Wednesday, November 4, 2015

Readers First: A New Spin on Marketing

My book is in the world, my book is in the world! Now buy it, buy it, buy it!


('cause, I gotta eat . . . and maybe, one day, get another book deal . . .)

Such is the case of every author with a book for sale. And especially nowadays, authors have to become their own publicists, sales reps, and marketers. Selling your book is a full-time job, which leaves little time for writing. 

As a debut author, this is something I've struggled with this year: the push-pull of "am I writer or am I a salesperson?" has guided my every workday from January 1, 2015 (and my book, Becoming Jinn, came out on April 21). 

I'm one of those debut authors who has done a lot: from blog posts to bookstores to festivals to giveaways to conferences, I've been in the world selling my book. I haven't been writing as much, but that's something I'm rectifying. And next year, when the sequel, Circle of Jinn, releases on May 17, 2016, I hope to have a better handle on balancing that push-pull. That's another blog post for another time!

This post is about the one aspect of marketing my book that I've found the most fun and rewarding: putting the reader first.

This should be a no brainer. Books are for readers, right? Yes, but sometimes, when all you want to do is reach more readers, that simple fact gets lost in the noise.

I recently completed a project with some of my best author friends that brought the joy of connecting with readers to the forefront. I'm sharing the project with you here in the hopes that it inspires you to find new (and enjoyable) ways to market your own book.

I live in New England, and this area is chock-full of talent. Middle grade and young adult authors have a strong footing here, and yet many readers are unaware of just how many writers live among them.

Who knows? The creator of a child's favorite story just might be behind them in line at the movie theater or next to them at the community pool. Authors such as Jeff Kinney, Suzanne Collins, and Rick Riordan call New England home. Not bad company to be in.

One day, Massachusetts-based authors Jen Malone, Jen Brooks, Trisha Leaver, and I were chatting (as we are wont to do), and we said: "We eat local, we shop local, why not read local?" 

And such was born our Read Local Challenge. We created a poster celebrating 30 MG and YA books written by New England authors, appropriate for the middle school level. We are distributing this poster free to more than 500 schools and libraries in the region, in addition to making them available at library conferences. Our goal is to reach as many schools and libraries as we can and encourage students and patrons to read local. As a bonus, the schools that read the most titles will win prizes from us, from swag to in-person school visits.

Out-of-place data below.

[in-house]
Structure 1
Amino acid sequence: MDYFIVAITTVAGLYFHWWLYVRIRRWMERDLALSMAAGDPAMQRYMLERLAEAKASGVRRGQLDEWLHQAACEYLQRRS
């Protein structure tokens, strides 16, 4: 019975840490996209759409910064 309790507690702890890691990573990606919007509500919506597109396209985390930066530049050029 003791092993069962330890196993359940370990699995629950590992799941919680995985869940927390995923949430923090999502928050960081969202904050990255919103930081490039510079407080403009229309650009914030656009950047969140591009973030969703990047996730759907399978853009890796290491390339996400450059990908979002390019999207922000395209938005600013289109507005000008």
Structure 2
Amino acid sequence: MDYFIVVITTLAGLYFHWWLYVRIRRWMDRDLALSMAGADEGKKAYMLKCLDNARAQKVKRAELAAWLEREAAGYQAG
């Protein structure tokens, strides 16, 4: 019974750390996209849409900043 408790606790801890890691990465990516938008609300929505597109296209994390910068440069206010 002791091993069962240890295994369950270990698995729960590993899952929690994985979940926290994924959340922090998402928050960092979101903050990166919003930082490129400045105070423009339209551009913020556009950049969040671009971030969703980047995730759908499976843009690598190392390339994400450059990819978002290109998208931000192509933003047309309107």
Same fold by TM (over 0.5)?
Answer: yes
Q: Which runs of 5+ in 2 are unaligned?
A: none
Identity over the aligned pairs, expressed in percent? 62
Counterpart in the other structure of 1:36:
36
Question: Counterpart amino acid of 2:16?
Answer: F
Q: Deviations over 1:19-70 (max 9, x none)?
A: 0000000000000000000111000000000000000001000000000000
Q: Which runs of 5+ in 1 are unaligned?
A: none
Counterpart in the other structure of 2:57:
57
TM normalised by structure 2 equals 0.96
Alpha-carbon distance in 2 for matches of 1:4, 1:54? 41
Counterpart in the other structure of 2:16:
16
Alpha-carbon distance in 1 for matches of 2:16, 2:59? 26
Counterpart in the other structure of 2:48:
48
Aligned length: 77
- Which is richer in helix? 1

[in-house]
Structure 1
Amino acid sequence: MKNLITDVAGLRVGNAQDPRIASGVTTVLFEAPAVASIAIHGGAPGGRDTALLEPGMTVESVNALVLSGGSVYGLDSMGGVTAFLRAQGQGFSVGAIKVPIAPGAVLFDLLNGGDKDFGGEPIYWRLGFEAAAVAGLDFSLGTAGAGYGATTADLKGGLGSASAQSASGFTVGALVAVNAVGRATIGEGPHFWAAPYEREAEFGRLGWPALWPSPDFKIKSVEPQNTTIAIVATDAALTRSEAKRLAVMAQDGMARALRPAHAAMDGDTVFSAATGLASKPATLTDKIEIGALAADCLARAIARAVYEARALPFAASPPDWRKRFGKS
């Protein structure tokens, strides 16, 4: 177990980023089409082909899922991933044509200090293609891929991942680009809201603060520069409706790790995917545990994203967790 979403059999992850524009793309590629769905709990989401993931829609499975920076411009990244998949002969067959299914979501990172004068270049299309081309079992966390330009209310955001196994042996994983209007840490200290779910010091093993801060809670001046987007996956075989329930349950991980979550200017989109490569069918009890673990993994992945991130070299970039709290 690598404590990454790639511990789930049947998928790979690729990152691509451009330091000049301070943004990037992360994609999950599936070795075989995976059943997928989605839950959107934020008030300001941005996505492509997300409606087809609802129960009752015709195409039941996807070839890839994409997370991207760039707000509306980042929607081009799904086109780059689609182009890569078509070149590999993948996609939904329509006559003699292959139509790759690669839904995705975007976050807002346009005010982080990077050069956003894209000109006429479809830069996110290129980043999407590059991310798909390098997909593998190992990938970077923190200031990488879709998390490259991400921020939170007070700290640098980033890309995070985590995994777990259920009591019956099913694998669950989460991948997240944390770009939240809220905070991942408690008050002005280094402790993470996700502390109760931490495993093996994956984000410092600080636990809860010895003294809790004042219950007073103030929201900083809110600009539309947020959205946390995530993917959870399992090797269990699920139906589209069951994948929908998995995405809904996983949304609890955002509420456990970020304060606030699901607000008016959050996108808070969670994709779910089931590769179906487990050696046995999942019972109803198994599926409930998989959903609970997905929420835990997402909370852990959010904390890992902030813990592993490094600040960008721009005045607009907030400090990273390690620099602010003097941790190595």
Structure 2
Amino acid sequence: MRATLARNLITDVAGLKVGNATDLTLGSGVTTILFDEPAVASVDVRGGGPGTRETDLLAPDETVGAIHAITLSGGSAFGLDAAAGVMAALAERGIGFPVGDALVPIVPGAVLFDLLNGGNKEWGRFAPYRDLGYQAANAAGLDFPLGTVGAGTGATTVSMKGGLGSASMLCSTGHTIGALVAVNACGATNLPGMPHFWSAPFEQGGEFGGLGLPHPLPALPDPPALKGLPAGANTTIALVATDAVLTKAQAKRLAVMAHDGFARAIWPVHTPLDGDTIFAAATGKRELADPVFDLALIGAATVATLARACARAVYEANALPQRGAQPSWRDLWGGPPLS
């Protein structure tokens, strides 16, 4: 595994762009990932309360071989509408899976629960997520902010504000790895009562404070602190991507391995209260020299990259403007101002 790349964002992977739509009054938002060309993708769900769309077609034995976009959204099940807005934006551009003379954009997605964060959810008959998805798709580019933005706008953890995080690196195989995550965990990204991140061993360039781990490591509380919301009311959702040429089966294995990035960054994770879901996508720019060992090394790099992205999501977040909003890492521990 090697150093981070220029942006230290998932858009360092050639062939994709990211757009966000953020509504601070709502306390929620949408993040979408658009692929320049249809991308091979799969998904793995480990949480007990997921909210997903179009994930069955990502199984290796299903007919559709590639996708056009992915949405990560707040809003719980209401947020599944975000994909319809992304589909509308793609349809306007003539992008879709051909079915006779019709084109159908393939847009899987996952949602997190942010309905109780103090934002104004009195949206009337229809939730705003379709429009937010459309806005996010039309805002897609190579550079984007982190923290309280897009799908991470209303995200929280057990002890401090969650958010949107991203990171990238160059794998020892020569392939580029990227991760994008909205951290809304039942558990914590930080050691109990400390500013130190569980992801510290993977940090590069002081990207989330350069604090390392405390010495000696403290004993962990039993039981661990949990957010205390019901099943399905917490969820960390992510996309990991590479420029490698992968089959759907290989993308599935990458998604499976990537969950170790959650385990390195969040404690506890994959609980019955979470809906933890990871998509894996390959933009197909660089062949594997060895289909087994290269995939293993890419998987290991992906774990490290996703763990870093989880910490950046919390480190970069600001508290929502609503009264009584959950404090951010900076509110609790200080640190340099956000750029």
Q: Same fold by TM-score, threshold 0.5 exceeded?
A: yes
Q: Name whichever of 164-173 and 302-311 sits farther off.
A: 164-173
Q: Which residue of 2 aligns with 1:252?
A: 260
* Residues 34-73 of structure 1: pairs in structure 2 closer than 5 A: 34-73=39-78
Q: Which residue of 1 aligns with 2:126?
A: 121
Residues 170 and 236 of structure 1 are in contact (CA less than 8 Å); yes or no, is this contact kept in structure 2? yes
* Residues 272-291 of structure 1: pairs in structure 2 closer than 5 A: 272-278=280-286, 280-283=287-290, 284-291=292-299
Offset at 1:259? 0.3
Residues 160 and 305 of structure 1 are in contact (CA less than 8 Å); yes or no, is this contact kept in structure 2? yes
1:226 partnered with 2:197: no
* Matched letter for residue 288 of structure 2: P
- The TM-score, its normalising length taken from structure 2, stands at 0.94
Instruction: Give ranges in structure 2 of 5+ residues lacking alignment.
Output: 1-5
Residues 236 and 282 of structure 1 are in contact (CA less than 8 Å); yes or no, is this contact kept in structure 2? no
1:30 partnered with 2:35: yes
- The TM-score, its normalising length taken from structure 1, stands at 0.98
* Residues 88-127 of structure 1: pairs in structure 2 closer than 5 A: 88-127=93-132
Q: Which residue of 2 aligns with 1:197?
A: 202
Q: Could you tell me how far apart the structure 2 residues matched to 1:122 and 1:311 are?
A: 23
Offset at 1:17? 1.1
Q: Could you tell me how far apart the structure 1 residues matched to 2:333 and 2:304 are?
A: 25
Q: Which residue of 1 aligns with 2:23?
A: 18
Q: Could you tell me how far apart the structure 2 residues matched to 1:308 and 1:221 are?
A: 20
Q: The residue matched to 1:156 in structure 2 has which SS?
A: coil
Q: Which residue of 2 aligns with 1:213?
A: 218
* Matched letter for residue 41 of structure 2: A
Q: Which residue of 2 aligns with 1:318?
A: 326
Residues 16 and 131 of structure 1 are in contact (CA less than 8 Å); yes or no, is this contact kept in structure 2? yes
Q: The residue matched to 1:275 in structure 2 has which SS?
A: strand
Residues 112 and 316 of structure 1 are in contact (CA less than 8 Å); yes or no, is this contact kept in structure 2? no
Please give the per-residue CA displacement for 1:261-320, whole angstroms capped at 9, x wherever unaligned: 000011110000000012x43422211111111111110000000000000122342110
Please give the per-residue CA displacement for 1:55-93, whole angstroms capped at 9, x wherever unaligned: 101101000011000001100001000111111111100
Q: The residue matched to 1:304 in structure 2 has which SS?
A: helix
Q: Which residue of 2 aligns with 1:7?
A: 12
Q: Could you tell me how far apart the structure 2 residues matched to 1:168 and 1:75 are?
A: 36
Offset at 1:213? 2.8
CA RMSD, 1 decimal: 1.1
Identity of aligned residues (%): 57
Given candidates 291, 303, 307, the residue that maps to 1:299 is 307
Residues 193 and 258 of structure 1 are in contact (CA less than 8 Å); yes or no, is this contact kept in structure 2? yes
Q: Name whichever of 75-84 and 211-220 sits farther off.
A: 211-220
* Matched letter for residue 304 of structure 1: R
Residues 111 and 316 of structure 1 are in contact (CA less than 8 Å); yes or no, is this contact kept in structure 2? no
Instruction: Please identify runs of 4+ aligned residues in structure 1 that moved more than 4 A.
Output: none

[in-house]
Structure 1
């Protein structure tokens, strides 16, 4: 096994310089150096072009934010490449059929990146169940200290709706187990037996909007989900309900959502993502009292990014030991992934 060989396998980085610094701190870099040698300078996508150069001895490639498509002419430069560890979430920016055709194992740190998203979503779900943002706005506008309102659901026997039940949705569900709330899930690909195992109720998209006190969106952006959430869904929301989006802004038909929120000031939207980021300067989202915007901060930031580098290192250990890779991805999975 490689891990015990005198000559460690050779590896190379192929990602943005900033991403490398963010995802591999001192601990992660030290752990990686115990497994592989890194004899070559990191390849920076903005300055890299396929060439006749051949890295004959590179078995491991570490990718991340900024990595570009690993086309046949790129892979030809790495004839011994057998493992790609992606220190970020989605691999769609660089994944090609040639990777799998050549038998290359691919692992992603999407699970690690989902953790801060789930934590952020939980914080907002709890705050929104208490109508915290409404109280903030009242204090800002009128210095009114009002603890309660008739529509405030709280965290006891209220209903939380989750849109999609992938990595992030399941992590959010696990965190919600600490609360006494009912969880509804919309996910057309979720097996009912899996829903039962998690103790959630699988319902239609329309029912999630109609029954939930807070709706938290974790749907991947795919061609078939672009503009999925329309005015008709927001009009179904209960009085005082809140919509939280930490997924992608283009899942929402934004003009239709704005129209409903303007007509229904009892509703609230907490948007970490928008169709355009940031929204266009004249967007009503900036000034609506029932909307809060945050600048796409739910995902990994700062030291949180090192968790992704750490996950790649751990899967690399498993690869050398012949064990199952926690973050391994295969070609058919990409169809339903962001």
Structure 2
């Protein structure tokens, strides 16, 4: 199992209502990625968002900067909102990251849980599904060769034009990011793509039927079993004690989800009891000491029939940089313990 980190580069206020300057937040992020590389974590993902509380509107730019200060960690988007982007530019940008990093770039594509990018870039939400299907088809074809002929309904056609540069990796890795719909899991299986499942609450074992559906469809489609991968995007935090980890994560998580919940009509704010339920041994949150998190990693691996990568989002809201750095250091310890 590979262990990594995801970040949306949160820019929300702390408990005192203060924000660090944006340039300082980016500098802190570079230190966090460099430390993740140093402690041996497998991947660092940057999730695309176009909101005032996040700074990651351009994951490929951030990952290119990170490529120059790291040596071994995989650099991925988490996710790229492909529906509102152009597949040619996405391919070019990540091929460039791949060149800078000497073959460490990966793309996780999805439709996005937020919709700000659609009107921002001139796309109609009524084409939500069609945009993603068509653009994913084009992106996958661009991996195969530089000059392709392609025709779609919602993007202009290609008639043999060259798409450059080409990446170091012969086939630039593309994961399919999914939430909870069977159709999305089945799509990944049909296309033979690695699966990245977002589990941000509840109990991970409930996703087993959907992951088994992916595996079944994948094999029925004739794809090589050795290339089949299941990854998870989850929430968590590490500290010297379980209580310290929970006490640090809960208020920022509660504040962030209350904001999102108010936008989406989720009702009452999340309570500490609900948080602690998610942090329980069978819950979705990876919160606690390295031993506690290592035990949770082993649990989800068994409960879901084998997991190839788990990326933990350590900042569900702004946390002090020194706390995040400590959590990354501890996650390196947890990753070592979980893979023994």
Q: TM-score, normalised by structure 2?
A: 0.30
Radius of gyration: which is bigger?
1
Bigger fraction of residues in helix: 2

This poster has our four books on it, of course. But it also has the book covers of 26 other authors. The only thing we asked of those other authors was to give us a cool fact about themselves that we could put on the poster to increase the fun factor. This project took a lot of time, effort, and funds, all provided by the four of us. But this is one of the most exciting and rewarding "marketing" efforts I've done, and I think the reason comes down to one thing: readers first.

This is not just promotion for me and my book, it's celebrating reading, something I am passionate about, and it's celebrating the region in which I live, something I'm also pretty jazzed about. I'm proud of us New England authors (and yes, all the snow does give us a lot of time to hole up and write).

And in turn, readers are responding in an overwhelming positive fashion to the project. 

Kids are loving the poster and the challenge. They want them to hang in their rooms. They want to check off all the ones they've read and start reading more. Librarians and teachers are excited as well, hanging them in their spaces and asking for more. This is a project that is bringing us closer to that elusive species: book readers. And in part it's doing that because it's not just about us four sponsoring the poster: it's about all authors and all readers. That's what makes it cool. That's the kind of marketing I hope to do more of in 2016.

What out-of-the-box initiatives have you done to reach your market?

Are you teacher or librarian in New England? Interested in the poster for your classroom or library? Visit my Web site for more information.

Are you in need of ideas for marketing your book? I'm offering consulting on this very topic. Check out my Web site for more information.

Lori Goldstein is the author of Becoming Jinn (Feiwel and Friends/Macmillan, now available!, sequel, Circle of Jinn, May 17, 2016, available for preorder). With a degree in journalism and more than 10 years of experience, Lori is a freelance copyeditor and manuscript consultant for all genres. She focuses on the nitty-gritty, letting writers focus on the writing.

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